Why is play so important for children? Play is the primary way in which children learn to move, negotiate their environment, interact with peers, manipulate objects, and develop creative and critical thinking skills. Children also develop many other emotional and social skills through play, including self-esteem, confidence, independence, curiosity and resilience. During unstructured or free play, children are able to develop their own interests, work in groups and develop teamwork skills, learn to share, and learn to advocate for themselves and other peers. They are free to make their own choices in activities, and engage in new and challenging activities and sensory experiences. In more structured play, children learn to follow rules and directions in adult-led activities that often provide more specific skill development, such as sports or other recreational activities.
“Pediatric therapists lead children through structured and unstructured play activities to create just-right challenges and work toward meeting goals for more age-appropriate skills,” said pediatric physical therapist Martha Hunter from Blount Memorial Pediatric Rehabilitation. “Pediatric physical therapists, or PTs, use various techniques and interventions to help children meet their goals for movement, strength, flexibility, balance, posture and coordination. In the pediatric world, PTs use play as the primary motivator to encourage patient engagement and participation, as well as to generalize the targeted movements and skills more naturally for the child’s appropriate areas of development and interest,” Hunter explained.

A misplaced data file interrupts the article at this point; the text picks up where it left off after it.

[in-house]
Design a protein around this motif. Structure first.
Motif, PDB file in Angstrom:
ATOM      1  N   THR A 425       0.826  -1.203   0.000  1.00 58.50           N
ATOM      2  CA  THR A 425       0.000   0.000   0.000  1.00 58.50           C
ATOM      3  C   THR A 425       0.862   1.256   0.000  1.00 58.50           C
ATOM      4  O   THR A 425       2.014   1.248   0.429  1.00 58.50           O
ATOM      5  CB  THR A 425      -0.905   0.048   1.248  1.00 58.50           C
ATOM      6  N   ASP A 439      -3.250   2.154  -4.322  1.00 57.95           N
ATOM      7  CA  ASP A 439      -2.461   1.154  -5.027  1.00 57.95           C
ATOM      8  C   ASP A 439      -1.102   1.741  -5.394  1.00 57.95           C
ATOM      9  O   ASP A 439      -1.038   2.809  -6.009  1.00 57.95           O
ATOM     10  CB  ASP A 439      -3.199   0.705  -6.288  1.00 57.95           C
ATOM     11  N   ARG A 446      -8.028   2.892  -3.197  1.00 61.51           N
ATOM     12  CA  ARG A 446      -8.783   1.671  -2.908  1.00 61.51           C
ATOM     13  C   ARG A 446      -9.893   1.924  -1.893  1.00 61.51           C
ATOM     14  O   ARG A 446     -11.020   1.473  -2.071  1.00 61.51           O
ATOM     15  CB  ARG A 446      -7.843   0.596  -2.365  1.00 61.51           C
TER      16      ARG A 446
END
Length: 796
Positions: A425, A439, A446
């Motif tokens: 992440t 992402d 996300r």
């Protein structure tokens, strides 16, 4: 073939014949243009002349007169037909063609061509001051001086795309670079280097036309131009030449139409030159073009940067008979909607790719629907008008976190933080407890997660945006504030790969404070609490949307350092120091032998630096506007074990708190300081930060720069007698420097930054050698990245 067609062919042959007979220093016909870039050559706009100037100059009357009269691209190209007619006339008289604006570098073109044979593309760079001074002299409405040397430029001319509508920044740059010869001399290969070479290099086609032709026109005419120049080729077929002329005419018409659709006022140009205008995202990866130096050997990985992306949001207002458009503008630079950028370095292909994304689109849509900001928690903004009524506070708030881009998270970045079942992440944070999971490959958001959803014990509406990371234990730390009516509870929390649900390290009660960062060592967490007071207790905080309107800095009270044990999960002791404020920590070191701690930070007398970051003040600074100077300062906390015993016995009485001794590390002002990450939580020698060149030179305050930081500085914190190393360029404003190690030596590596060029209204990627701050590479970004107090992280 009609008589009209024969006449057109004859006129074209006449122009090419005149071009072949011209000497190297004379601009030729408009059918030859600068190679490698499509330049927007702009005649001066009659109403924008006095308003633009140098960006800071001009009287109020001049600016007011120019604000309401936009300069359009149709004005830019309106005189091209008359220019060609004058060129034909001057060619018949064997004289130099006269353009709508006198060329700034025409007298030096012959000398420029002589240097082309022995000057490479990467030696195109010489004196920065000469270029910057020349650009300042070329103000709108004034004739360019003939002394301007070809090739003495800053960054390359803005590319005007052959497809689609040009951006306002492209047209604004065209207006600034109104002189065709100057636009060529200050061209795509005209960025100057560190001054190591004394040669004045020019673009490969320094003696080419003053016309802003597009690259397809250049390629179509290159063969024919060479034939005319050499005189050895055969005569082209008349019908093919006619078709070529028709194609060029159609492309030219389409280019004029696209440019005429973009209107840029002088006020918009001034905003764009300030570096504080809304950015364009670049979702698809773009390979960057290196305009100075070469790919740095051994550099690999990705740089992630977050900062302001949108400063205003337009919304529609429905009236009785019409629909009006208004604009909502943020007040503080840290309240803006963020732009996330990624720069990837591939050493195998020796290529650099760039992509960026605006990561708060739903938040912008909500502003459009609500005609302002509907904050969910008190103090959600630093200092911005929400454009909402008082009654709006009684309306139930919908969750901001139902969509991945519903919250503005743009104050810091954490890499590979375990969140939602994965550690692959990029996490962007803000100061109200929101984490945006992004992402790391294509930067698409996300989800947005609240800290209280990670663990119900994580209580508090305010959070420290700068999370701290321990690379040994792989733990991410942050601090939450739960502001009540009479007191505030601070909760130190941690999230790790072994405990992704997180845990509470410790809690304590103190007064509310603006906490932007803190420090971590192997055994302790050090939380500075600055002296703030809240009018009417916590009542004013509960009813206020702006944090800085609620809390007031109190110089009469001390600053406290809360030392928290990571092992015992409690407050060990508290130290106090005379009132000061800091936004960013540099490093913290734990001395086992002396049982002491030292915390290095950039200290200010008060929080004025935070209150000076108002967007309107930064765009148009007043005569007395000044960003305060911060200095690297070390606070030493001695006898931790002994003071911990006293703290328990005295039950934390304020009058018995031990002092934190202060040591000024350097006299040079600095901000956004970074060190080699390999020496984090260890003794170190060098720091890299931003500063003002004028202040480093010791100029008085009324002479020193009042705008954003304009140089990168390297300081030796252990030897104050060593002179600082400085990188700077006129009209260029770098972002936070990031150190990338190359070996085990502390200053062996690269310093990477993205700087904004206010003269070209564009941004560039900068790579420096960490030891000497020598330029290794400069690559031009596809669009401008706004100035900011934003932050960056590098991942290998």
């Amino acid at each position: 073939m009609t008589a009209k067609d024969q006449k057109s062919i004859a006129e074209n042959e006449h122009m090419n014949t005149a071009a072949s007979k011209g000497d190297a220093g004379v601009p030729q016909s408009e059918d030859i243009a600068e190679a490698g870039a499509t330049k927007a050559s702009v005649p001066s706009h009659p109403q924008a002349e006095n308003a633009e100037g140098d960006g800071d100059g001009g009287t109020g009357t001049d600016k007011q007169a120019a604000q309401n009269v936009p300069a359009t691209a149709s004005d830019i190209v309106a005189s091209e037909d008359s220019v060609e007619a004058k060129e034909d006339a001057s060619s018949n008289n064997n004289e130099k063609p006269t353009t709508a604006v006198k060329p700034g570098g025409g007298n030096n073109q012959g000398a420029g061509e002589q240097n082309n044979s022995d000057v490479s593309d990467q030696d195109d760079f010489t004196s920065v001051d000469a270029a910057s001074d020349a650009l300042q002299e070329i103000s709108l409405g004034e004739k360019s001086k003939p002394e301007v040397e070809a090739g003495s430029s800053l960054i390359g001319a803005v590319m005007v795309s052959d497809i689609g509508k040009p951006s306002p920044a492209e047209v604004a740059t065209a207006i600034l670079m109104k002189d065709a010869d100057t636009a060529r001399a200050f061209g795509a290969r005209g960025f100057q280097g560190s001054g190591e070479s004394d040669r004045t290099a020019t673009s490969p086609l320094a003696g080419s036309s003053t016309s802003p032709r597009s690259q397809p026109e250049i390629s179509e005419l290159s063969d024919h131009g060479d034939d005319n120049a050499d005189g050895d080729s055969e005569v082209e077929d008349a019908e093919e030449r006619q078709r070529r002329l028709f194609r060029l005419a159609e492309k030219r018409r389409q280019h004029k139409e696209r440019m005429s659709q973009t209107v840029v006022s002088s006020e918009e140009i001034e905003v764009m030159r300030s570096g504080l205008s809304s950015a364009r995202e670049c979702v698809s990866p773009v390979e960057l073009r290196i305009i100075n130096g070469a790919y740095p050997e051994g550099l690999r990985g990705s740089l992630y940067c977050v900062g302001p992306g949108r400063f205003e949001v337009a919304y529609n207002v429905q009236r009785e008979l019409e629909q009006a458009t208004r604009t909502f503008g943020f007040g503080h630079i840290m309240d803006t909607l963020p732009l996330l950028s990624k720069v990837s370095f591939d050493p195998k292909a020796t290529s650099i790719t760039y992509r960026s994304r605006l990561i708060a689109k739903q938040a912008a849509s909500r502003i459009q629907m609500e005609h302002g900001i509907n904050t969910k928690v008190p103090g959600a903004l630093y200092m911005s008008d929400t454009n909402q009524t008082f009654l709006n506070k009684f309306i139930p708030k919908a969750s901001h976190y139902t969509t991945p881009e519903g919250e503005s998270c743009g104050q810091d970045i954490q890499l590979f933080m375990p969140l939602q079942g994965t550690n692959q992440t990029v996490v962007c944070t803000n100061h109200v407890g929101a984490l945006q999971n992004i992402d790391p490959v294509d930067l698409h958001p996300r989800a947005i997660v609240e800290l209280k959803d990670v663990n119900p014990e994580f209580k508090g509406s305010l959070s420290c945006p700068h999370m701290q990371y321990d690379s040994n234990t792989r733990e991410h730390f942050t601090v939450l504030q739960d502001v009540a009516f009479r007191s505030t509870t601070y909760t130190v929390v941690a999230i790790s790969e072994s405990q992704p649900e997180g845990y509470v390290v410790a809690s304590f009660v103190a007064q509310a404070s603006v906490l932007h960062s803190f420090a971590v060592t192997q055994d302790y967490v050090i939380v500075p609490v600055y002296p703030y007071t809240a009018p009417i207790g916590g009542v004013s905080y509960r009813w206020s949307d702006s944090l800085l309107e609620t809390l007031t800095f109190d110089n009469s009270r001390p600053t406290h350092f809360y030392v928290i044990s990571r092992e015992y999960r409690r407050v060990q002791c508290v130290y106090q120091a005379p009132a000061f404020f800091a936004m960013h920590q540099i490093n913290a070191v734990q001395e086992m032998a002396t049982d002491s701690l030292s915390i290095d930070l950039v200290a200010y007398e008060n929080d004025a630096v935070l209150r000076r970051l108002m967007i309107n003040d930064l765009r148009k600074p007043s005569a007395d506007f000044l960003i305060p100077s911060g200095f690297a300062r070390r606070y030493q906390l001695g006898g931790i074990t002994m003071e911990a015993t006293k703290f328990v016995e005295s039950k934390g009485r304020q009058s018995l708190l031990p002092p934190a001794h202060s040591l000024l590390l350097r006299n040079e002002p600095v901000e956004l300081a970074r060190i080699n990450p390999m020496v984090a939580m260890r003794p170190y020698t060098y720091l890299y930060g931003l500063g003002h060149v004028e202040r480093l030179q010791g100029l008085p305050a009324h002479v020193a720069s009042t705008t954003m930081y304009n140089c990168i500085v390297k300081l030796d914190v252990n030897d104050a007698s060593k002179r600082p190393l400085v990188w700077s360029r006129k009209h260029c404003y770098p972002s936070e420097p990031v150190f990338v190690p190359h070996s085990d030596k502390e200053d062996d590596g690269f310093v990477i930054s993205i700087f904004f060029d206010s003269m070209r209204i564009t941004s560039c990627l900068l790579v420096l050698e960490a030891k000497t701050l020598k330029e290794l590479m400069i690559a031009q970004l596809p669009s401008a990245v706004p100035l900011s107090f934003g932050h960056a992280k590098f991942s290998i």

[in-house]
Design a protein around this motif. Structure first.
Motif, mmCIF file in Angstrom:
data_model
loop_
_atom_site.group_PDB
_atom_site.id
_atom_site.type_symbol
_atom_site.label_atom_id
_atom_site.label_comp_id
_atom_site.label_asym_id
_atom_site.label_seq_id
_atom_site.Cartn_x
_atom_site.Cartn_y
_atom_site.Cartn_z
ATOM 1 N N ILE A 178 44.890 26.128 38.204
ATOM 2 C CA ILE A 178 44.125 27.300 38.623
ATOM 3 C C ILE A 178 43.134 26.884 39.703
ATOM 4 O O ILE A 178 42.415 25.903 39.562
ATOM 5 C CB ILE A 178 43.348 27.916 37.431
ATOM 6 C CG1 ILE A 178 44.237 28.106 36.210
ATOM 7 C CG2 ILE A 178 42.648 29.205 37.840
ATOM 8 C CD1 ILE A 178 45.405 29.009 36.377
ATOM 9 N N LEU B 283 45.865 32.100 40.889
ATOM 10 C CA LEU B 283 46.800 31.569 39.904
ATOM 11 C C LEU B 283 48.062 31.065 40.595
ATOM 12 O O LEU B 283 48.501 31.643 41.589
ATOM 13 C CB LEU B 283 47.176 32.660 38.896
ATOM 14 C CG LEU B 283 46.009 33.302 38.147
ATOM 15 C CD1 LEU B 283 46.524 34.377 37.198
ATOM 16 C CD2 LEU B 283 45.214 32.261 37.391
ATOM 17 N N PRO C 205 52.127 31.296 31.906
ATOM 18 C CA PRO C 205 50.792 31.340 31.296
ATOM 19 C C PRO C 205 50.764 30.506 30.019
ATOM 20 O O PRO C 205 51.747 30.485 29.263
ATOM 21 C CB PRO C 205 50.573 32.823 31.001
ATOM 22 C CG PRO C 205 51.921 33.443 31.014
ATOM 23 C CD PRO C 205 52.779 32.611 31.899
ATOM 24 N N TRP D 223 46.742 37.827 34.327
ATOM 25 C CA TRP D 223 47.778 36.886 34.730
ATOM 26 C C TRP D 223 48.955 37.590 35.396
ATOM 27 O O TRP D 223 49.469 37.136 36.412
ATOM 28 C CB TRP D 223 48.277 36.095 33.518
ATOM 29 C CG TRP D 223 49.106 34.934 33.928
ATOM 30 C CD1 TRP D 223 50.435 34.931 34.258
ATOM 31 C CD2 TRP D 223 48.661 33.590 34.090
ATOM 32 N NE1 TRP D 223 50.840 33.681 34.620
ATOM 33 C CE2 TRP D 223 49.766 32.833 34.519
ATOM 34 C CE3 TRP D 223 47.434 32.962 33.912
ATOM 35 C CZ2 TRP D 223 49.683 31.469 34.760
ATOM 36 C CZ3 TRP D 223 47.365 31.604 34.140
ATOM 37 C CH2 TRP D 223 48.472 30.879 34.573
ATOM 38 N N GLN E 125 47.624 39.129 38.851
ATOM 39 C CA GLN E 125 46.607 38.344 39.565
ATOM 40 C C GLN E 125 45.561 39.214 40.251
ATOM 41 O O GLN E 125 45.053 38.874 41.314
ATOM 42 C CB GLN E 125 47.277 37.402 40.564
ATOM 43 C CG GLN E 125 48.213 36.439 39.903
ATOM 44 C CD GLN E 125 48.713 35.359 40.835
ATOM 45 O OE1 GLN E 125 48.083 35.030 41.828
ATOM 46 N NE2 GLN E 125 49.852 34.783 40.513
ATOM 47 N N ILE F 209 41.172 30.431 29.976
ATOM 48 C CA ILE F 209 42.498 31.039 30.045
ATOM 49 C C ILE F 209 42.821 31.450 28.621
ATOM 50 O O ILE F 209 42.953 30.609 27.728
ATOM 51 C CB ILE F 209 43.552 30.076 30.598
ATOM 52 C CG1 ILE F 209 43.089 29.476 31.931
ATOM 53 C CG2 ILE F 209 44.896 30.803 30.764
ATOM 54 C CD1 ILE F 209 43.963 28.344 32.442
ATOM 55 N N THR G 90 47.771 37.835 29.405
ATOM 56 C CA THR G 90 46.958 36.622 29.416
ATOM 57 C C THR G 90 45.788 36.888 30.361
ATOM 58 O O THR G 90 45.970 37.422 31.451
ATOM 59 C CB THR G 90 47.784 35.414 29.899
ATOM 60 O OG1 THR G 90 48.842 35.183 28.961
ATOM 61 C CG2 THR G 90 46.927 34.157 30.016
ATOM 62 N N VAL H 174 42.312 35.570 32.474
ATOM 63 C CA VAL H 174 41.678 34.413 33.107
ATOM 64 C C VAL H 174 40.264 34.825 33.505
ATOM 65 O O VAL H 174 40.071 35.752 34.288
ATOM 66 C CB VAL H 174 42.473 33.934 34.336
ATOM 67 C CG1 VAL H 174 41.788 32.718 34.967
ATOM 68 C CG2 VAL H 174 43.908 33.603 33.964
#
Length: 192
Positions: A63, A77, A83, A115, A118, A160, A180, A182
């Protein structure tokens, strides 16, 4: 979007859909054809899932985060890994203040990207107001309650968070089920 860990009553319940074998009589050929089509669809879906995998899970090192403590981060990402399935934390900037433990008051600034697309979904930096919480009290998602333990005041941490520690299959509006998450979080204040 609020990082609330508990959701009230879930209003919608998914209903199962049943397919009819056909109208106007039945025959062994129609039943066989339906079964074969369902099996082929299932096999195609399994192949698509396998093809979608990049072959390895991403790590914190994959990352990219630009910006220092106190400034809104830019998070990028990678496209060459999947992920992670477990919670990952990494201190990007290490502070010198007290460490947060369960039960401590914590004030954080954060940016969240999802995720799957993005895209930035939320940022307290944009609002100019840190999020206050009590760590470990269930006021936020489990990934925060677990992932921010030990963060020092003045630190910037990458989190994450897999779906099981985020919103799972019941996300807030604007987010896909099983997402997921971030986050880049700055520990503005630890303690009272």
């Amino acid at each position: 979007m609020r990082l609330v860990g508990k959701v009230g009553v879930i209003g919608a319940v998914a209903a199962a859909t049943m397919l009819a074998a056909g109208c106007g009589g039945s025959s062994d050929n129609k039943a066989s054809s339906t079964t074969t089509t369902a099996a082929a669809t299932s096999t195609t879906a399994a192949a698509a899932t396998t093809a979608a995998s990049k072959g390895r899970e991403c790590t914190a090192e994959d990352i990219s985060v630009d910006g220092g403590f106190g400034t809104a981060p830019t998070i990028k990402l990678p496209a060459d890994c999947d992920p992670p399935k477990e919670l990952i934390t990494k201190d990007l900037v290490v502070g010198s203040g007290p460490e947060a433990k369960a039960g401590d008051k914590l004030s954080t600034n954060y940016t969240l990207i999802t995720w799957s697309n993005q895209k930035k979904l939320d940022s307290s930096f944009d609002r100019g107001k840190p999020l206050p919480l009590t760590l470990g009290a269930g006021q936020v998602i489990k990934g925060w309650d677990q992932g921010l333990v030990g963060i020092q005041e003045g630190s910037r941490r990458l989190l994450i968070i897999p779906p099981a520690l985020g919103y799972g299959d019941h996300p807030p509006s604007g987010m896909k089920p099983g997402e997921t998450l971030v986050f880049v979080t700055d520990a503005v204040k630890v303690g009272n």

“Pediatric occupational therapists, or OTs, address a child’s primary occupation – play,” said occupational therapist and rehabilitation supervisor Rachael Roper, also from Blount Memorial Pediatric Rehabilitation. “OTs create obstacle courses, work with paint, string beads, play games, and facilitate sensory input with activities like swinging, riding on a scooter-board or getting messy. OTs use play to develop fine motor skills, bilateral coordination, self-regulation and independence in all environments,” she said.
“Pediatric speech-language pathologists, or SLPs, promote early language development, articulation and communication through play – reading a book, singing a song, playing pretend with animals or other toys, making silly sounds and faces – providing a direct model that the child can attempt to imitate or mimic,” Roper continued. “SLPs also help children work on improving social interaction skills through peer modeling. Pediatric OTs and SLPs can encourage development of feeding skills through play, as well, making a silly face or design out of food to make new or non-preferred foods not so scary,” she explained.
“Pediatric therapists also educate caregivers in helping their children develop through play by demonstrating activities and skills, promoting reduced screen time in exchange for more unstructured play time, and providing individualized home activities to encourage more caregiver interaction and play with their child,” Roper added. As one parent of a patient commented, “Introducing play at dinner time has helped us to slow down at mealtimes and take away the stress that we all used to feel about trying new foods. Through play, my son has learned to be comfortable with new foods on his plate, touching those foods, and building up to taking bites and tastes of new foods.”
Blount Memorial Pediatric Rehabilitation now has two clinic locations in Blount County – located at 220 Associates Blvd. in Alcoa, and the newest location at 131 Cherokee Heights Dr. in Maryville – to serve children and families in our community. Each location offers physical, occupational and speech therapies to address concerns regarding a child’s development in fine motor and gross motor skills, expressive and receptive language, sensory processing, social and emotional skills, feeding, and activities of daily living.